Celebrating the simple beauty of food, A Platter of Figs by David Tanis will tempt you with beautiful, unpretentious recipes, gorgeous photos and a simple philosophy – cooking should be a joy, eating should be a pleasurable experience and both should preferably be shared with friends.

The recipes are arranged seasonally, spring through winter, rather than by course, the idea being you should celebrate what each season offers. This fits in nicely with the current trend toward eating locally and sustainably, but it also has everything to do with flavor – fresh picked, in-season food is undeniably the best tasting.

Recipes range from the simple – Warm Asparagus Vinaigrette – to the more complex – Chicken Tagine with Pumpkin and Chickpeas – but all are clearly explained. Stories of Tanis’s life and travels (which are reflected in his recipes) are scattered throughout the book, adding a warm and friendly atmosphere to the cookbook. A beautiful book about beautiful food.

Love Chinese food but are intimidated by the thought of cooking a cuisine so different from what you grew up with? Looking for some family-satisfying meals that go beyond chicken and hamburgers? Kylie Kwong provides just the help you need with Simple Chinese Cooking.

Starting out with detailed descriptions of equipment and ingredients unique to the Chinese kitchen, Kwong presents recipes by ingredient – beef, pork, chicken, tofu, vegetables, noodles and wontons, etc. Each recipe is accompanied by a beautiful color picture; if more detailed preparation techniques are required, the recipe is accompanied by a series of step-by-step black and white photos. The book finishes with a chapter on “Eating Chinese-Style” (just exactly how do those chopsticks work?) and menu planning.

This lovely, encouraging book will have you enjoying Chinese food right from your own kitchen in no time.

The “breath” of a wok is the steam that rises from a sizzling hot finished dish. This charming cookbook takes a slightly different approach to Chinese food by focusing on the wok and its recipes. In addition, there is a history of the wok and it’s importance (central to so much Chinese cooking), the construction and manufacture of woks and advice on buying and seasoning a wok.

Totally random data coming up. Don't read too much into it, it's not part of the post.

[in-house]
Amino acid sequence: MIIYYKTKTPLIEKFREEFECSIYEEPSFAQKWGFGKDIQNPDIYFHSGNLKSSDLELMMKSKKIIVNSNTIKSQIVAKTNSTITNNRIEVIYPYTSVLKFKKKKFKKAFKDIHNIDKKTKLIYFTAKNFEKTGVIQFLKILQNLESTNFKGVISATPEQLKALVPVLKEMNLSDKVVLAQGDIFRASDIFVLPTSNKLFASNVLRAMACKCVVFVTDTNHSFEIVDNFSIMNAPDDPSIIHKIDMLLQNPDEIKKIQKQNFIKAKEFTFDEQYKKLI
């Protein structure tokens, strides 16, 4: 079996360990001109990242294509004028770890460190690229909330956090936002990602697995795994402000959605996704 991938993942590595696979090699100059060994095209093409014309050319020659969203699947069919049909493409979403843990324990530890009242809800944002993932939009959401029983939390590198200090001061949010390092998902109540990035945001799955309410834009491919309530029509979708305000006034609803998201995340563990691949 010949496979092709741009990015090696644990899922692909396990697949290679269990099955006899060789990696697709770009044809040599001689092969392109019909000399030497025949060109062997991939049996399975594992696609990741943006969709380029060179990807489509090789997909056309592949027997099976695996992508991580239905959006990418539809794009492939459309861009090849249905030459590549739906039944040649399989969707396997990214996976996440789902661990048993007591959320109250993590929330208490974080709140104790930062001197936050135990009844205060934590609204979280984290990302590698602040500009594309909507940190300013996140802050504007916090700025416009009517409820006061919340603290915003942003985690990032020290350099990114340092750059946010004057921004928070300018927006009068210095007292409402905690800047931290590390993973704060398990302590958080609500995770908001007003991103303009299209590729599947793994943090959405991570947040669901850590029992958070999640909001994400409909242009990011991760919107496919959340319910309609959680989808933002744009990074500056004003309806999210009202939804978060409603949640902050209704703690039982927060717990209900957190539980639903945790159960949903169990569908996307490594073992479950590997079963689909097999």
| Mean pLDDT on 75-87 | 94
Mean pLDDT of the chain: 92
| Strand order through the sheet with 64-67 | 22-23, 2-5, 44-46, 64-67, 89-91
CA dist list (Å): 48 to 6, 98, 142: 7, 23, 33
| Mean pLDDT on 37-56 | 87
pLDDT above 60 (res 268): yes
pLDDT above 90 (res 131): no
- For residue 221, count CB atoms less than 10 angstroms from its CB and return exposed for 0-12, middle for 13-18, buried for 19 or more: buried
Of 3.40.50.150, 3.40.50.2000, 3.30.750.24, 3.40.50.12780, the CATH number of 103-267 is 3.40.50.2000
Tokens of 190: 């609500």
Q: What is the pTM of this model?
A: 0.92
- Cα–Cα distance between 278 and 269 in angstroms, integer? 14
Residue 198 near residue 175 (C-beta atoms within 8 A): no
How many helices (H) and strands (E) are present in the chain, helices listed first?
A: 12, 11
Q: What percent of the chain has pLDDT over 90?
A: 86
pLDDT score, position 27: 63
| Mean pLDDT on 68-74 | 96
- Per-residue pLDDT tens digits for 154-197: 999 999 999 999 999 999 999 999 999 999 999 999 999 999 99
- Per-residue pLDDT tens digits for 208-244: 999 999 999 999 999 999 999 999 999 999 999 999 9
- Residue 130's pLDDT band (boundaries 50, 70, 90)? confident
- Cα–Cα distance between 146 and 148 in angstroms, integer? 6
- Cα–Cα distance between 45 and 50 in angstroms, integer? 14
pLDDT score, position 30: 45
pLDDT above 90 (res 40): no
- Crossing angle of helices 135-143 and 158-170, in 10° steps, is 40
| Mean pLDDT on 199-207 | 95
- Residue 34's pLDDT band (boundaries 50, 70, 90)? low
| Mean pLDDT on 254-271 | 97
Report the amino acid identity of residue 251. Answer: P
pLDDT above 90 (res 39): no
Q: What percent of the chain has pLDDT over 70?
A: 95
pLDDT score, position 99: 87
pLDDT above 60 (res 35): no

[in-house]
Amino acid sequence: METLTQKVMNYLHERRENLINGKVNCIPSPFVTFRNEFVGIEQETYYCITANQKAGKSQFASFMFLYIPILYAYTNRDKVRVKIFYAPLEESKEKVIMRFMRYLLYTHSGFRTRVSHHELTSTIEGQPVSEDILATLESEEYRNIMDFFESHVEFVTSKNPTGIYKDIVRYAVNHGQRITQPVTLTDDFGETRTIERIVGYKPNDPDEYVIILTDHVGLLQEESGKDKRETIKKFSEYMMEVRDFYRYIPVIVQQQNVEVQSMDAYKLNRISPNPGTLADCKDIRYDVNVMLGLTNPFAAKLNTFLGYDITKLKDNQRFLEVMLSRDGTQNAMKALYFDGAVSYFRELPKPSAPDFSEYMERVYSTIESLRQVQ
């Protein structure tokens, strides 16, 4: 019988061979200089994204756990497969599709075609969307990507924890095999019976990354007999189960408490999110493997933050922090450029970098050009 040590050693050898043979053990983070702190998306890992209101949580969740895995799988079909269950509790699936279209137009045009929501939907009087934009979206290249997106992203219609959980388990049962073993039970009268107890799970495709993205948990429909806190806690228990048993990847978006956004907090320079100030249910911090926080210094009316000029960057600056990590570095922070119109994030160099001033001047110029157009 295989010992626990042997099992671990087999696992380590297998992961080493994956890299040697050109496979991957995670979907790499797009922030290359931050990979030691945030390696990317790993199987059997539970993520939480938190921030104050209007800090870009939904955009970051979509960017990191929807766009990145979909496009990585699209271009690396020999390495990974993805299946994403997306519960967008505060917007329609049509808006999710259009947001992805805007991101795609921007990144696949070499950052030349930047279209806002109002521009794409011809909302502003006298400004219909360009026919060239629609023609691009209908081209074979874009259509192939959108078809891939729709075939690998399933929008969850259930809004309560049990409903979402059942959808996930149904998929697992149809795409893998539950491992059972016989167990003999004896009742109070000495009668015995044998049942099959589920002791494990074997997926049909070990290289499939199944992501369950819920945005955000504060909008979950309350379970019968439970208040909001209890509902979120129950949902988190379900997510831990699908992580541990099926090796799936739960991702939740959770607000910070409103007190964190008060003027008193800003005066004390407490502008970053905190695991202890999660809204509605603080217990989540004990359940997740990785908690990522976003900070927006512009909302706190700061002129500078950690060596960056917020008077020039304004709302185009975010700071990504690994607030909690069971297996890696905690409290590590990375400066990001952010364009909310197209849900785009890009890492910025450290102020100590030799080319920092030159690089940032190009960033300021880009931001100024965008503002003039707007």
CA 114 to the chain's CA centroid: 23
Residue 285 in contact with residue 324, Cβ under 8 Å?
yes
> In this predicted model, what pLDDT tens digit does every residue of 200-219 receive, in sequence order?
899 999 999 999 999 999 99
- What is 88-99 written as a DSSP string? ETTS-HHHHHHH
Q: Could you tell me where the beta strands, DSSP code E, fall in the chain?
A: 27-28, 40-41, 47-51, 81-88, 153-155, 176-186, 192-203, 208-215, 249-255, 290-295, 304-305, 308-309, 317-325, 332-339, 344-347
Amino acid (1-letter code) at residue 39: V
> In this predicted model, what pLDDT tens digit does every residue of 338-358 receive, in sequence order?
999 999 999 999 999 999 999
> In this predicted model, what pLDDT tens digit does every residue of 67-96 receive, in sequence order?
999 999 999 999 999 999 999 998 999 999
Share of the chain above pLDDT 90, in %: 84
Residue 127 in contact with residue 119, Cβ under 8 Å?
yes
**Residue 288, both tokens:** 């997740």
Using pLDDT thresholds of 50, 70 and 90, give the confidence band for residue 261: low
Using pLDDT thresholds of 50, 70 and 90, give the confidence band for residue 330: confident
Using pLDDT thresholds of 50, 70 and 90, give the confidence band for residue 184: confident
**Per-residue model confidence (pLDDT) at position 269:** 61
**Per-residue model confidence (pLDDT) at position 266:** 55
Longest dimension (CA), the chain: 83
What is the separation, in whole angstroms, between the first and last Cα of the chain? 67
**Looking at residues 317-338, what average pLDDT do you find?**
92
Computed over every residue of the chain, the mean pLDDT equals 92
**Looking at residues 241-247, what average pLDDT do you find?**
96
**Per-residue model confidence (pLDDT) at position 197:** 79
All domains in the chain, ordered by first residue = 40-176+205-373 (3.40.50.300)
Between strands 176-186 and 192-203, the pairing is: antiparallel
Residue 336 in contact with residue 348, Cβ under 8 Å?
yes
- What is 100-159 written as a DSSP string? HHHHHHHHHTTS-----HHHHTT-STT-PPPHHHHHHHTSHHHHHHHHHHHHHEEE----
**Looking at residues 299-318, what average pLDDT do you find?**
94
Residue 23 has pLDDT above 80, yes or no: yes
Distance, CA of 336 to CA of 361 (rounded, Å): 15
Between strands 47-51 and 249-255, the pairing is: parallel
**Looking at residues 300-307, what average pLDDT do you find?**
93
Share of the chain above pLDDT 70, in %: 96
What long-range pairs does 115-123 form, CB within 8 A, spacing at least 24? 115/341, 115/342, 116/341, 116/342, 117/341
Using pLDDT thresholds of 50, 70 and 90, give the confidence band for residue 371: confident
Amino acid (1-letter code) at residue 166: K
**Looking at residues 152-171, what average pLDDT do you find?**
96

While many of the recipes are familiar, there is also a wide range of fresh ideas, gathered from a variety of people including chef Michael Yan, writer Amy Tan and Young’s own family, and range from beginner friendly to master lessons.

Practical, smart and fun, The Breath of a Wok will have you cooking confidently with a wok in no time.

Stepping beyond the familiar Chinese cuisines, Beyond the Great Wall by Jeffrey Alford and Naomi Duguid explores the flavors and foods of the outlying areas of China, including Tibet and Xinjiang in the far west of the country. Authentic recipes, gathered by the authors over a series of visits to China over the past 20 years, are “translated” for the Western kitchen (no need to go looking for camel meat!)

However, this is much more than a cookbook; stories of the adventures and people that were met along the way are scattered throughout the book. The photography is spectacular – there are the usual mouth-watering close-ups of delicious dishes, but there are also sweeping views of the landscape, intimate portraits of the people, and a careful recording the customs and practices of this distant land.

Part cookbook, part travel book, part cultural education, Beyond the Great Wall will feed the soul as well as the body.

New England Soup Factory CookbookJust in case you hadn’t noticed, we’ve been having a dozy of a winter with rain, freezing rain, snow and sub-zero temperatures all making headlines. And, I hate to be the one to tell you this but warmer temperatures are still a few weeks away for the Midwest.

What better time for the warmth and comfort of homemade soup? The New England Soup Factory Cookbook by Marjorie Druker will provide you with dozens of ideas. Soups as varied as “Wild Mushroom and Barley” and “Curried Crab and Coconut” as well as familiar favorites such as “New England Clam Chowder” will inspire you. Luscious photos may tempt you to chew on the pages (please don’t) and the stories of the restaurant (a long-time favorite located in Boston) will keep you entertained.

It just might be enough to get you through those last few weeks of cold and snow.